Recognizing that fostering cultural transformation requires a variety of creative approaches, we will support a broad range of nonviolent programs and initiatives that eliminate or reduce the use and killing of animals, as well as measures that reduce the level of abuse and agony experienced by animals being exploited for human purposes, provided such measures involve NONE of the following:

1. Offering a misleading or incomplete portrait of the confinement, social deprivation, mutilation, reproductive manipulation, indignity and premature death endured by animals being exploited for profit.

2. Minimizing or failing to reveal the full impact on human health, wildlife and our environment from the continuing production and consumption of animal-based foods.

3. Developing, endorsing, certifying and/or promoting any animal products, including those that are labeled as being "humane," "cruelty-free," "cage-free," "free range," "organic," "compassionate," etc.

4. Developing, endorsing, praising, applauding or promoting "new and improved" methods for using and killing animals.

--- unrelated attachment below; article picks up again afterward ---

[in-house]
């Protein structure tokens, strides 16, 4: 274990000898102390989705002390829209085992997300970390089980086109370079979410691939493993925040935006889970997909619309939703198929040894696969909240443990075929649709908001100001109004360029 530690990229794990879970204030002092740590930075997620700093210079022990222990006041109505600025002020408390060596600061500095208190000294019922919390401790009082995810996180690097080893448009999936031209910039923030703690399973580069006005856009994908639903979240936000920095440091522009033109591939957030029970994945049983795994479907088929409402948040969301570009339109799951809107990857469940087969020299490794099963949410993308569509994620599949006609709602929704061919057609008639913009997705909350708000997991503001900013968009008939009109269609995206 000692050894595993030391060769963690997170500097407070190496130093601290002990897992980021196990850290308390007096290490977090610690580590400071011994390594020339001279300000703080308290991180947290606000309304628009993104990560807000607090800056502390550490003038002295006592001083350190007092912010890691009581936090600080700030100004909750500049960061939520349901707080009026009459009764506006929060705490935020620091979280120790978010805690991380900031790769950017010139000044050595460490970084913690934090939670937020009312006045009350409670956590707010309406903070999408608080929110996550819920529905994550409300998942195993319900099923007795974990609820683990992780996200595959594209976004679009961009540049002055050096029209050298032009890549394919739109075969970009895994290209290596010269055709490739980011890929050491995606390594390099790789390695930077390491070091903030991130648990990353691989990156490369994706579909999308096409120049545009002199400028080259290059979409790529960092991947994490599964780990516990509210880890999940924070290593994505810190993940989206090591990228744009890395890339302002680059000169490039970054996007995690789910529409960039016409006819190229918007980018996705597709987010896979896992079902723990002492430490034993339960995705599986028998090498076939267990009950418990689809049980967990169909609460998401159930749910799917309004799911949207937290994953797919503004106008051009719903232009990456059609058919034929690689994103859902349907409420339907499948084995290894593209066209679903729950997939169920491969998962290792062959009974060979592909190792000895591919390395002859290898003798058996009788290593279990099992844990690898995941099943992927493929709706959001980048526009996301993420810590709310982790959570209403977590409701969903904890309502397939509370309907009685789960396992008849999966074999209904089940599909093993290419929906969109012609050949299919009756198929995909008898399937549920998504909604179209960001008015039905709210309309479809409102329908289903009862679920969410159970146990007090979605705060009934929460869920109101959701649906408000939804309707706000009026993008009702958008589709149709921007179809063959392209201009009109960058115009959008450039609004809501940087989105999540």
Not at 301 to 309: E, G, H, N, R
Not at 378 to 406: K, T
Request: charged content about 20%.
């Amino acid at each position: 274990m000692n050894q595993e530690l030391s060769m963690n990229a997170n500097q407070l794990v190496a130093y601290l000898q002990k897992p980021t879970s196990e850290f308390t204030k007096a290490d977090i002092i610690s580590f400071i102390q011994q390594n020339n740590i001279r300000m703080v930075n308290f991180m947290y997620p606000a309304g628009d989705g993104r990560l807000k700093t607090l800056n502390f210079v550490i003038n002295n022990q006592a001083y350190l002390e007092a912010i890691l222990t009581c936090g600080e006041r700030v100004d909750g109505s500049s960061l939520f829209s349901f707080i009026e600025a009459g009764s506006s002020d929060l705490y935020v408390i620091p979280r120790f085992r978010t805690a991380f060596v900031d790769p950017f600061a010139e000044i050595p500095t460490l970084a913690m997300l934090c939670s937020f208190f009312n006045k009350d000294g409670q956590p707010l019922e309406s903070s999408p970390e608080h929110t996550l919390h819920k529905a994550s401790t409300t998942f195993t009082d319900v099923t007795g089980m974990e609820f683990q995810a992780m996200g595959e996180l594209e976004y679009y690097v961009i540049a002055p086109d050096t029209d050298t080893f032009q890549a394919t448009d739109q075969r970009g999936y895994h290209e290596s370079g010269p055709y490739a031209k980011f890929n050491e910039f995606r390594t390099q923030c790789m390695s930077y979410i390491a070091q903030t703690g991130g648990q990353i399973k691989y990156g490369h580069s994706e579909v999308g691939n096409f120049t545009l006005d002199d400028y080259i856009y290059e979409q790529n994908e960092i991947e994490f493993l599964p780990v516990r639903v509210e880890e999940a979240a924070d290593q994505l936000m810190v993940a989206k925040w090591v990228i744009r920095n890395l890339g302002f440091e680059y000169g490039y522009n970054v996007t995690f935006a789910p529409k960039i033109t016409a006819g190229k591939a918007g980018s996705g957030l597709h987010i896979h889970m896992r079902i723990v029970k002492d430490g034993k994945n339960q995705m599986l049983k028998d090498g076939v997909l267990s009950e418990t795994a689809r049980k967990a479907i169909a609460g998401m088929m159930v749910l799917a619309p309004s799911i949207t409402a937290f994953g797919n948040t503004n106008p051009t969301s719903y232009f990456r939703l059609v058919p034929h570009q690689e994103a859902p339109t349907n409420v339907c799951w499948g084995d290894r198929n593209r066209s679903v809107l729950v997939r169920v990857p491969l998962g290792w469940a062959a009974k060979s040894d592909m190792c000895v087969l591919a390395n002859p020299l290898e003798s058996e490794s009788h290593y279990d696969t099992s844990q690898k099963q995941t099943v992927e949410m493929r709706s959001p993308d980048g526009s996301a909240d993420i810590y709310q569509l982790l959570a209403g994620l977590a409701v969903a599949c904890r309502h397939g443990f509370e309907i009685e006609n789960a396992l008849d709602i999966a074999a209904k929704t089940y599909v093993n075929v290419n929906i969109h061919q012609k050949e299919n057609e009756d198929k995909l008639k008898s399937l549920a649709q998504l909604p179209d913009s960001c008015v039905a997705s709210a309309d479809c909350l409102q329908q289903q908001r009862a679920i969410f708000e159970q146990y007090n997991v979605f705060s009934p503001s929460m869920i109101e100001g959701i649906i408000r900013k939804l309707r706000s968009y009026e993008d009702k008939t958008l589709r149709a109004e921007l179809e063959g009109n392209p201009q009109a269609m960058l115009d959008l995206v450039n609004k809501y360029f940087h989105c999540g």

5. Providing individuals or corporations with promotional or public relations benefits that have the effect of making the use and killing animals or the sale of any animal product more profitable or more socially acceptable.

James LaVeck and Jenny Stein

1616 Free-Living Buffalo Were Killed in Winter 2007-08: How Can We Stop This Carnage?


As of April 16, 2008: Yellowstone National Park had trapped over 1,600 wild bison migrating to winter range in the Gardiner Basin, and sent 1,276 bison to slaughterhouses. Hundreds more bison are trapped inside pens at Stephens Creek operated by the U.S. National Park Service. 7 wild bison died or were killed as a result of injuries suffered in captivity at Stephens Creek. 6 wild bison were shot by livestock inspectors for migrating just beyond the park borders. 112 wild bison have been separated from their mothers and family groups and sent to a USDA quarantine pen near Corwin Springs, Montana. The Montana Department of Livestock has trapped 146 wild bison on Horse Butte on national forest land and private lands, and shipped them to slaughterhouses. Another 166 wild bison were killed by hunters. By the Park Service's own estimate, two-thirds of Yellowstone's bison herd have been slaughtered or perished in the winter kill this season. Since the bison "plan" went into effect in 2000, over 3,500 wild bison have been slaughtered or removed from America's last wild bison herd. As if this wasn't bad enough, the cost of this wanton slaughter of America's last wild bison herd is all paid for by the American taxpayer, averaging $3,000,000 a year - now eight years into a fifteen year "plan".